But these subjects of the Islamic Emirate could not be kept from watching Stranger Things or Game of Thrones or Japanese anime; they had a better knowledge of Breaking Bad than I did. On Twitter—they, like so many Afghans, were avid users—shared soyjack memes and called themselves “sigma males.” They talked about feminism, “LGBTQ,” and pronouns—strange things to complain about in a country where women can’t go to school. They were becoming Westerners: culture war, America’s most successful soft-power export, was their induction. The younger members of the Taliban, online enough to follow Andrew Tate, were not immune.
Now he was getting excited. “Martyrdom,” he said, “would make me much happier than being a bureaucrat and working in the ministry. On the word of Sirajuddin Haqqani, we would happily blow ourselves up tomorrow!”
This is a wild piece about peaceful life under Taliban rule in Afghanistan.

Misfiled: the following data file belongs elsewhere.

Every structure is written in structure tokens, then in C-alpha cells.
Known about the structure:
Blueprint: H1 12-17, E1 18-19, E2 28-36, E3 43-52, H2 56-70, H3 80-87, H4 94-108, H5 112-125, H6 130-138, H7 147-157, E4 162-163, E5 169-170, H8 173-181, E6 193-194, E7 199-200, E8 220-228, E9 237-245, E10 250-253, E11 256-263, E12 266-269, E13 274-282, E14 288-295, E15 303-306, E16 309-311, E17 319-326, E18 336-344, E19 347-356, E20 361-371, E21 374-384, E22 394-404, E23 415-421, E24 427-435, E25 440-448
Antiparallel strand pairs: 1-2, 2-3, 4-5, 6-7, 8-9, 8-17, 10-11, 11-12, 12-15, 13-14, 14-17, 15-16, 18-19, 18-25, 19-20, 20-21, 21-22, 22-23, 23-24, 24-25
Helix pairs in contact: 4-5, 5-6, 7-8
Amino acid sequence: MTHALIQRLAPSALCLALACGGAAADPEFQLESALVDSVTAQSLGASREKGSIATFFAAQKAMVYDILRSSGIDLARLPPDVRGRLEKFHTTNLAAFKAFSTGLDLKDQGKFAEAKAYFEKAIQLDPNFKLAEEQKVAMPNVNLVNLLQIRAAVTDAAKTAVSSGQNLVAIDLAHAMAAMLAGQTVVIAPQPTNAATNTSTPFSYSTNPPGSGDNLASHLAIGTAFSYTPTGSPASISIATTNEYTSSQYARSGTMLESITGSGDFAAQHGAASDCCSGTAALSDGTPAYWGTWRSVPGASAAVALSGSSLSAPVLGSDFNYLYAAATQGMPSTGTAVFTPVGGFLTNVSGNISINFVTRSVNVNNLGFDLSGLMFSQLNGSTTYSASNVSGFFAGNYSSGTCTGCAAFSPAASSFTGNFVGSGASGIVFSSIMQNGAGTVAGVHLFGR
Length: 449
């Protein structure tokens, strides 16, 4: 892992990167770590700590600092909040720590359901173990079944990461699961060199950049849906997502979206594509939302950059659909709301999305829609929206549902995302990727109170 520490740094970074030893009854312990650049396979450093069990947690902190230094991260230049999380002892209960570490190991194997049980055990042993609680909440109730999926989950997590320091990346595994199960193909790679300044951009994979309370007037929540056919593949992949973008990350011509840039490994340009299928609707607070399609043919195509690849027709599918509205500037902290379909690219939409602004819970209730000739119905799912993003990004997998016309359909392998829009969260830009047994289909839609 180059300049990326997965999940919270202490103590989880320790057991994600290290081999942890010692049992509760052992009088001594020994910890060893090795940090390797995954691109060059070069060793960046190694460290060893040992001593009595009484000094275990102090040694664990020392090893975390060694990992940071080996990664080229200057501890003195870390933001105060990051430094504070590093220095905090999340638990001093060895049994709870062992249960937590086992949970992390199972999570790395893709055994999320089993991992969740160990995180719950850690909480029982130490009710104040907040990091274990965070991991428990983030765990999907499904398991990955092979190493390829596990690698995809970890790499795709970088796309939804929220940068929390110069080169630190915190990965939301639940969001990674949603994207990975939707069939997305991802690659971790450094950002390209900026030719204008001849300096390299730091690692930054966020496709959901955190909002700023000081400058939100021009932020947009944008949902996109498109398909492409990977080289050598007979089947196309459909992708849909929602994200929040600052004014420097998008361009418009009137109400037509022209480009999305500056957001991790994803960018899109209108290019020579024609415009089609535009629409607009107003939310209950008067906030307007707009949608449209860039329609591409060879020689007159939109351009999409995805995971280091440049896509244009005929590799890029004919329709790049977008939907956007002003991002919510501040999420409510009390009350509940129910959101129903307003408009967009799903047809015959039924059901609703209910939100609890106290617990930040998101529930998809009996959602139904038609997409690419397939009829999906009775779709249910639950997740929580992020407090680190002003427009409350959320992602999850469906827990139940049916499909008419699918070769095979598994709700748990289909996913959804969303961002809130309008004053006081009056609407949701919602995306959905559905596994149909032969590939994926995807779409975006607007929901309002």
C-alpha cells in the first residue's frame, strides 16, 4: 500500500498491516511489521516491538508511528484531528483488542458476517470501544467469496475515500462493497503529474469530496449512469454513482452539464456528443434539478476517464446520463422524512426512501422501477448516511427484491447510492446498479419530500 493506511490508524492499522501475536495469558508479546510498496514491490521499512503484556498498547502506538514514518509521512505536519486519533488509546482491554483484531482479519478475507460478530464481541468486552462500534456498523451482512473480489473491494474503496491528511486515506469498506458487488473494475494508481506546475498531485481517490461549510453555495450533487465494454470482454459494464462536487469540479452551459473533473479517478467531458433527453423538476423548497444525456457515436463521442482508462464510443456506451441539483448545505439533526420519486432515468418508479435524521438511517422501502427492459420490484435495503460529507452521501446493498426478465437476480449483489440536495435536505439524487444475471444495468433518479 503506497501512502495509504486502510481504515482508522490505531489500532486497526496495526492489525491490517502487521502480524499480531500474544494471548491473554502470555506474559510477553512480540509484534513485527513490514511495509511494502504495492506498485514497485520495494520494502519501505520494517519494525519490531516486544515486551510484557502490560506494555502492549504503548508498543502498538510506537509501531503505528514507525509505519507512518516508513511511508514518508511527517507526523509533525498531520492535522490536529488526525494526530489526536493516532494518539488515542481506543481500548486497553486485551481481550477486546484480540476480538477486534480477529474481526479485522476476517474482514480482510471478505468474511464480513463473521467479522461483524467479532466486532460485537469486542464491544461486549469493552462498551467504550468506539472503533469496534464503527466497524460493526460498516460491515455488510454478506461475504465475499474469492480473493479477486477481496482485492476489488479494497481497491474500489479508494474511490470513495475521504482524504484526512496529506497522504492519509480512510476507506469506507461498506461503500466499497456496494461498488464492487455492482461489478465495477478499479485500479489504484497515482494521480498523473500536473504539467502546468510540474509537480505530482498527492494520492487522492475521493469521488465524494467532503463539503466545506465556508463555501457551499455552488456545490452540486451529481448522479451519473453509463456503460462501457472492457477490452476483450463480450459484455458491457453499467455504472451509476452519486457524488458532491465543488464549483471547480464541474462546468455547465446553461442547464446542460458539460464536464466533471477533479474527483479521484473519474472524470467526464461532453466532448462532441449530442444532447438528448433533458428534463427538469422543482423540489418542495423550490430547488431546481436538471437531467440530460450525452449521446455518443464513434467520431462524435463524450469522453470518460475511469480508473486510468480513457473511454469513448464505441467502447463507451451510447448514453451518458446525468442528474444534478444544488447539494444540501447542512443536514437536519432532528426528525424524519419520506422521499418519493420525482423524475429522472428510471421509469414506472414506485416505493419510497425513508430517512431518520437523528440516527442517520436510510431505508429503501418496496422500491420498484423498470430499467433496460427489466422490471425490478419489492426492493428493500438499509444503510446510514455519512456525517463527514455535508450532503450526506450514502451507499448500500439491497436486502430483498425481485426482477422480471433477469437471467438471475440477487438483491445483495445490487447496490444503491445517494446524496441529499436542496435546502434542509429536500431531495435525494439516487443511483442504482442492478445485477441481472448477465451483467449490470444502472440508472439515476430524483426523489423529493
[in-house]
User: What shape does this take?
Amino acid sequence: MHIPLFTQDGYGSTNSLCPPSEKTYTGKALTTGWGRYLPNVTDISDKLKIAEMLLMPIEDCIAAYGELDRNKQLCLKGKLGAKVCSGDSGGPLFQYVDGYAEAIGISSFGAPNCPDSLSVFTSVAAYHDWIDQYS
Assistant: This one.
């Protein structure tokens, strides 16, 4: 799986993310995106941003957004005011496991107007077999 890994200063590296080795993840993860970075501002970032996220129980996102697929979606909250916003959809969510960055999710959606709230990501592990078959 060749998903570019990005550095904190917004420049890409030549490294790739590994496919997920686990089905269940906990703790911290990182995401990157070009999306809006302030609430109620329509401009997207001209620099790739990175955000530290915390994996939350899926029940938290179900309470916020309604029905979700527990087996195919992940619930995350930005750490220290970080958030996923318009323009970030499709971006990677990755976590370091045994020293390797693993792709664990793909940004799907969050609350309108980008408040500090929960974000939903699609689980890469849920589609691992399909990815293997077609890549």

Oh Beirut, it seems nothing has changed since the last time I was there. Things have pretty much only gotten predictably worse.
I’ve had a number of amazing and unforgettable experiences with Couchsurfing mostly staying in Berlin way back in the day. This history of the site’s rise and fall fills in what happened after I lost track.
A lovely interview about the magic bus and the hippie period in Istanbul revolving around the Lale Pudding Shop which is still in business.
Als ik het verhaal over witwassen in de Amsterdamse binnenstad hier lees, denk ik dat het hier in Berlijn zonder overdrijven tien keer zo erg is (decennia armoede, corruptie en geen enkele prioriteit bij de lokale overheid).